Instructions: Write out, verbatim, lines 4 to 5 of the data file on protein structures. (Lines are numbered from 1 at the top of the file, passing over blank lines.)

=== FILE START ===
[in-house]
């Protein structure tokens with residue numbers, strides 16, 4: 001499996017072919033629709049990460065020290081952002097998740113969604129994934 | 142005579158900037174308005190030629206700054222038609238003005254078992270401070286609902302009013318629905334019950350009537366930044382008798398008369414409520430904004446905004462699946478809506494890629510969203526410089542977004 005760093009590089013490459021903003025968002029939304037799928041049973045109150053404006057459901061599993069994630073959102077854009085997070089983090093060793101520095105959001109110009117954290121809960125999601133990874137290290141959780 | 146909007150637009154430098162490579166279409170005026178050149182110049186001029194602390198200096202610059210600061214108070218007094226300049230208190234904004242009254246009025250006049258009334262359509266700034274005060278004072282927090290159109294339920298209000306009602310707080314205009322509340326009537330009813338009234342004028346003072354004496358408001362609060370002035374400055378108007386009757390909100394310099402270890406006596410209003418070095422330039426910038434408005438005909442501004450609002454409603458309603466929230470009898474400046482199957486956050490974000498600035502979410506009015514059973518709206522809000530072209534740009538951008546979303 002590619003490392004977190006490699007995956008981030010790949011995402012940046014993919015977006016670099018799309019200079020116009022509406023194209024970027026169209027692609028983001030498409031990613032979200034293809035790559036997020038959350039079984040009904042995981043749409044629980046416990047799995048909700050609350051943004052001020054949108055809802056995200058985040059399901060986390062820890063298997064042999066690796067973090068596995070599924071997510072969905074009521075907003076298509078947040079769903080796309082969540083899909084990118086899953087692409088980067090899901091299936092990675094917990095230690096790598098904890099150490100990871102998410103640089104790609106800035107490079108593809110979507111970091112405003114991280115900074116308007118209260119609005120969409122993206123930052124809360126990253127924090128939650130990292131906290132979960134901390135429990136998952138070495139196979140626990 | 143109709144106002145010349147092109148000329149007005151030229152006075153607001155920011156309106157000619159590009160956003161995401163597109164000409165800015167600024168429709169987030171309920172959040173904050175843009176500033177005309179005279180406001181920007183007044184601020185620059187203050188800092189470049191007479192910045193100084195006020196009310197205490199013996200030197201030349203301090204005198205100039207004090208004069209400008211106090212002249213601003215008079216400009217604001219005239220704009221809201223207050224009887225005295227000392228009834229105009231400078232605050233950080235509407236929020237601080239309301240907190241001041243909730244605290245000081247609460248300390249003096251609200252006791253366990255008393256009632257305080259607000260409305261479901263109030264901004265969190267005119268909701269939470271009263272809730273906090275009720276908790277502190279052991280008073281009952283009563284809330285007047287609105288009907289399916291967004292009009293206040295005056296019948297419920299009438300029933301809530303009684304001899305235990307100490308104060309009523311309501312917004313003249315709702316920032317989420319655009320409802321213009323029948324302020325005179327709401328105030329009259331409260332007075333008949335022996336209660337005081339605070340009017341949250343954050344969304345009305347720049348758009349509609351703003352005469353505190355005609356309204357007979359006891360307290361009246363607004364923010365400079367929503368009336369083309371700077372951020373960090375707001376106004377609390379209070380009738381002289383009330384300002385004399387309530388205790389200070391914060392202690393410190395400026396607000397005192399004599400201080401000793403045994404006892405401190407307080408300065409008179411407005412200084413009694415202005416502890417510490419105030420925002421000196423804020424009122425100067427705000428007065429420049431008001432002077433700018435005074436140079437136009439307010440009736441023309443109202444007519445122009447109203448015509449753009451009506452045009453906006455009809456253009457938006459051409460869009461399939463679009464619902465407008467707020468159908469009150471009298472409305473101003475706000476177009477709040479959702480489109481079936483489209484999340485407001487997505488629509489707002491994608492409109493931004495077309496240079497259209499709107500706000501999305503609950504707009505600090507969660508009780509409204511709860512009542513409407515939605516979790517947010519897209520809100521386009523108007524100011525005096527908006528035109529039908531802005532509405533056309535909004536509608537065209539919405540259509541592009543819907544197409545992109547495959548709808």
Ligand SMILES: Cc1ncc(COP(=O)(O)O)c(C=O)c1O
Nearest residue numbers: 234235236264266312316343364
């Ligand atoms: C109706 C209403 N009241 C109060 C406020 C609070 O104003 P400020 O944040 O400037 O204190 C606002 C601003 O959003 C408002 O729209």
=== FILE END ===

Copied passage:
Nearest residue numbers: 234235236264266312316343364
């Ligand atoms: C109706 C209403 N009241 C109060 C406020 C609070 O104003 P400020 O944040 O400037 O204190 C606002 C601003 O959003 C408002 O729209």